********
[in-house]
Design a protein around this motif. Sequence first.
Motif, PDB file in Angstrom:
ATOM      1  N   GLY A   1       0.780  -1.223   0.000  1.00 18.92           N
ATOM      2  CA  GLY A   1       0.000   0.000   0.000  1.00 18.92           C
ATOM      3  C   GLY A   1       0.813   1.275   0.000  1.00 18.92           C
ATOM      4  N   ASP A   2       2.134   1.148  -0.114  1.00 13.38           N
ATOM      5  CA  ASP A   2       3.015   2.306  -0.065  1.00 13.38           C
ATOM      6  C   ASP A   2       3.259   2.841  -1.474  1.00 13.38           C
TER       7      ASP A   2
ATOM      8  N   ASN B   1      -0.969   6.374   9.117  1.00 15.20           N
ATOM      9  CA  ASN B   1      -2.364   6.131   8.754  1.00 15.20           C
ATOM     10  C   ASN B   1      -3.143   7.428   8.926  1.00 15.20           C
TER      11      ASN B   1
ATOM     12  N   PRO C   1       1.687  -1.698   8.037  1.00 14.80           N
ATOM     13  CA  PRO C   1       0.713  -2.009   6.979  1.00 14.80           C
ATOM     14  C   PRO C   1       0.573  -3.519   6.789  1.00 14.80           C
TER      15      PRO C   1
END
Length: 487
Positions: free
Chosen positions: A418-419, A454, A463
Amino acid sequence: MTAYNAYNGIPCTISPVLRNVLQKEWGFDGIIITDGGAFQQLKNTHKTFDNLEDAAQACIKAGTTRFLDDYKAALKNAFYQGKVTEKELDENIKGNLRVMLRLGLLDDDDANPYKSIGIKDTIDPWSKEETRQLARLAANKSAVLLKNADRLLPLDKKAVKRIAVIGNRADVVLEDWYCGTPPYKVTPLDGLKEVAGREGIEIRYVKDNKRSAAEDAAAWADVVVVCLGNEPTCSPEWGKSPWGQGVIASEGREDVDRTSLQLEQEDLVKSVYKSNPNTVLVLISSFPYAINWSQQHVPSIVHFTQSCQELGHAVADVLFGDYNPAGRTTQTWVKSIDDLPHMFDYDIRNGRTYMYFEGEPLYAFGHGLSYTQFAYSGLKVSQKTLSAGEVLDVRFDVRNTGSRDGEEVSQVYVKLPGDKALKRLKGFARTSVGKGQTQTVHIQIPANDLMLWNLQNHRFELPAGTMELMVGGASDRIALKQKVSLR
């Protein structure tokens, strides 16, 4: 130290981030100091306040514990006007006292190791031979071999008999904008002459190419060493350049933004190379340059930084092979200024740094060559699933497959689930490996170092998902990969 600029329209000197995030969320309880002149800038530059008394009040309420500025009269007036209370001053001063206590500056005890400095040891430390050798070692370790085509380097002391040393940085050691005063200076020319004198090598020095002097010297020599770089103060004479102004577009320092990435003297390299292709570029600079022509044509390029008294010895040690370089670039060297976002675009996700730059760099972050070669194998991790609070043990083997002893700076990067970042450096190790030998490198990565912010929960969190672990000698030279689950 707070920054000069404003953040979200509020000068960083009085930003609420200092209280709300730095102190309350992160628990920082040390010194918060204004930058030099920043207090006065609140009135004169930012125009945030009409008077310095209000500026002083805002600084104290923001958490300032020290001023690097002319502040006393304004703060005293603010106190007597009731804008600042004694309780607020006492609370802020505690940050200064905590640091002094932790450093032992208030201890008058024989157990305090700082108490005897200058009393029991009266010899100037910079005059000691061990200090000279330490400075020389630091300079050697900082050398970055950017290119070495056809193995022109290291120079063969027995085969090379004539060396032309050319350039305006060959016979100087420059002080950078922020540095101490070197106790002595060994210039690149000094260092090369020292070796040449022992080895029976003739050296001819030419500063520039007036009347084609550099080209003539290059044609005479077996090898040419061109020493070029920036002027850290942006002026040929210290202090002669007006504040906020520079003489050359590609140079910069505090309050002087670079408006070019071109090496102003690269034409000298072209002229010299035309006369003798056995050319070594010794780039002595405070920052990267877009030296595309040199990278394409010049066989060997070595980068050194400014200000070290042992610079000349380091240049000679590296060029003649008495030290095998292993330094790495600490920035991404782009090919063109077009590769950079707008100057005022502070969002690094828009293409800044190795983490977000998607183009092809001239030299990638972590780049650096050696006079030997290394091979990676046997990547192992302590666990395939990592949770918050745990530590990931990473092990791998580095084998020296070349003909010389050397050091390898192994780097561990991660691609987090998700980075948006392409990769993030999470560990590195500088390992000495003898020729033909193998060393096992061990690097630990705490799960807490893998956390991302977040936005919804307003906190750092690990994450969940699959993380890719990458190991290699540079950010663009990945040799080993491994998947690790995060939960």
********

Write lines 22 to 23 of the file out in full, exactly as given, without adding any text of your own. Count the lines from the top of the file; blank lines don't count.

Chosen positions: A418-419, A454, A463
Amino acid sequence: MTAYNAYNGIPCTISPVLRNVLQKEWGFDGIIITDGGAFQQLKNTHKTFDNLEDAAQACIKAGTTRFLDDYKAALKNAFYQGKVTEKELDENIKGNLRVMLRLGLLDDDDANPYKSIGIKDTIDPWSKEETRQLARLAANKSAVLLKNADRLLPLDKKAVKRIAVIGNRADVVLEDWYCGTPPYKVTPLDGLKEVAGREGIEIRYVKDNKRSAAEDAAAWADVVVVCLGNEPTCSPEWGKSPWGQGVIASEGREDVDRTSLQLEQEDLVKSVYKSNPNTVLVLISSFPYAINWSQQHVPSIVHFTQSCQELGHAVADVLFGDYNPAGRTTQTWVKSIDDLPHMFDYDIRNGRTYMYFEGEPLYAFGHGLSYTQFAYSGLKVSQKTLSAGEVLDVRFDVRNTGSRDGEEVSQVYVKLPGDKALKRLKGFARTSVGKGQTQTVHIQIPANDLMLWNLQNHRFELPAGTMELMVGGASDRIALKQKVSLR